Greece to replace overcrowded refugee camps with closed detention centres

A refugee camp in Greece which will be replaced with a closed detention centre
A refugee camp in Greece which will be replaced with a closed detention centre Copyright Reuters
Copyright Reuters
By Luke Hurst with Reuters
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The 3,000-person-capacity Moria camp, currently home to 15,000 migrants, is among those earmarked for closure and conversion into a detention centre.


Greece has announced it will shut a number of its overcrowded refugee camps on its outer islands, and set up closed holding centres as the country on the forefront of the migration crisis in Europe hardens its stance towards asylum seekers.

The changes come amid growing scrutiny from aid agencies over the conditions many refugees are living under in the camps. One of the camps to be closed will be Moria on the island of Lesbos, where a nine-month-old baby died of "severe dehydration" last week.

Last month the Council of Europe’s Commissioner for Human Rights said people were in a “struggle for survival” in the camps on the Aegean islands, following a five-day visit to the facilities.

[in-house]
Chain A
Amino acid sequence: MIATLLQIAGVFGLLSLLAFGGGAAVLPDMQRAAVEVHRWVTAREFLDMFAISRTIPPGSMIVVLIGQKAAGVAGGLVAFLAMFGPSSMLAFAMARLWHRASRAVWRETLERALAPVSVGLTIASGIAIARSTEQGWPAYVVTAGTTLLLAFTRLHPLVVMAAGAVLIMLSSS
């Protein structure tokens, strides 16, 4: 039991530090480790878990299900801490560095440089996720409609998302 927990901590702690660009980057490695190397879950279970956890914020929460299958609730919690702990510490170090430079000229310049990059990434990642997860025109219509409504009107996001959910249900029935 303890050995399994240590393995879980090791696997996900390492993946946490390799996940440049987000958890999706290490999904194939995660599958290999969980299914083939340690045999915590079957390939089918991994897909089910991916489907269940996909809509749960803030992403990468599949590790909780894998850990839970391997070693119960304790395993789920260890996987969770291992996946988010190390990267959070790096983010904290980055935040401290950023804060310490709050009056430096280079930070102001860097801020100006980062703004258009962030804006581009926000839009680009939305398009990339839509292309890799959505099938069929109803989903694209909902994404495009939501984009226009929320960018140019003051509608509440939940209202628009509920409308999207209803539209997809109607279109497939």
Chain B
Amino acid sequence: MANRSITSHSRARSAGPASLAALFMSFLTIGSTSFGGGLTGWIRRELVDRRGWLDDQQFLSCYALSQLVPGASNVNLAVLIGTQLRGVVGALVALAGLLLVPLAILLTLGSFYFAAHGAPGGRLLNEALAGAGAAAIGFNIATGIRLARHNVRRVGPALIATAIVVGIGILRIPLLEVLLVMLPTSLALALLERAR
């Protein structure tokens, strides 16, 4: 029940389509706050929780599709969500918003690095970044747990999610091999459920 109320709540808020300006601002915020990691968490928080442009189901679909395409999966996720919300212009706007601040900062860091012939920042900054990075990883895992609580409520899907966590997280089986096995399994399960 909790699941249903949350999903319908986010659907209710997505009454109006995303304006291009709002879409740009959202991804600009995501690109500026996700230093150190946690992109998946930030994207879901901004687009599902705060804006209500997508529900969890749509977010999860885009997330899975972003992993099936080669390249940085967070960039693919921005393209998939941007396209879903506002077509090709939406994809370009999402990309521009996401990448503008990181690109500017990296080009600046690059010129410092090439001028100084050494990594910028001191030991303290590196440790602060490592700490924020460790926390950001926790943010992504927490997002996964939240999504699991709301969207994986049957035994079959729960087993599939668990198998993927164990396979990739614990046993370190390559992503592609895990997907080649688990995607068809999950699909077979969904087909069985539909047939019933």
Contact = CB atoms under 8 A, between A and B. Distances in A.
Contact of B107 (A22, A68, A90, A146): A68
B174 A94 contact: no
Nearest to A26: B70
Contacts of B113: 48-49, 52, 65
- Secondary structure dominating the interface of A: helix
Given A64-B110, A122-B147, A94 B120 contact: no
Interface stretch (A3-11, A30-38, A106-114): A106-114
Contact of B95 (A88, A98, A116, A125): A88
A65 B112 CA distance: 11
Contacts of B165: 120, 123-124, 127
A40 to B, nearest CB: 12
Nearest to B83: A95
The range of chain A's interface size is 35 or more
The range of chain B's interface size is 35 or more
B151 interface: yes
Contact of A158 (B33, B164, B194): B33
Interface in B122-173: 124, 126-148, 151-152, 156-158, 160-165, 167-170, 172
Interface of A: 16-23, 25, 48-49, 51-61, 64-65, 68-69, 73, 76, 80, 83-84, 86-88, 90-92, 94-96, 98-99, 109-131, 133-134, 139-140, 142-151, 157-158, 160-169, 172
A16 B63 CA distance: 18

At the time Dunja Mijatović called on the Greek government to urgently move asylum seekers out of the camps.

The government has said it wants to move 20,000 people to the mainland by the end of the year.

The numbers of refugees and migrants arriving in Greece this year have been the highest since the 2015-2016 influx when more than a million people fleeing conflict arrived in Europe.

Detention centres

The Greek government said on Wednesday it would tighten controls at the borders and speed up vetting procedures, as well as closing camps and opening new closed facilities to process new arrivals and those whose applications have been rejected.

Greek government
One of the closed detention centres that will house asylum seekers in GreeceGreek government

Government spokesman Stelios Petsas said the “closed pre-departure centres” would make it easier to control the movements of asylum seekers and prevent them from slipping across to the mainland undetected.

“A clear message should be sent to those planning, or thinking of coming to the country illegally when they aren’t entitled to asylum,” he said.

“They should realise… if they give money to a trafficker to bring them to Greece they will lose it.”

The centres that will close or be converted into detention centres are Moria on Lesbos, as well as camps on Samos, Chios, Kos, and Leros.

Created to accommodate 3,000 people, more than 15,000 people are now crammed into Moria.

Deputy Defence Minister Alkiviadis Stefanis said the facilities would be ready by July 2020. He said authorities want to move up to 20,000 people to the mainland by the end of the year and create a single agency tasked with border protection.

The government also announced it is recruiting 500 people to speed up asylum processing and will set out a new framework of obligations and criteria for NGOs - only those that comply will be allowed to operate in the country.

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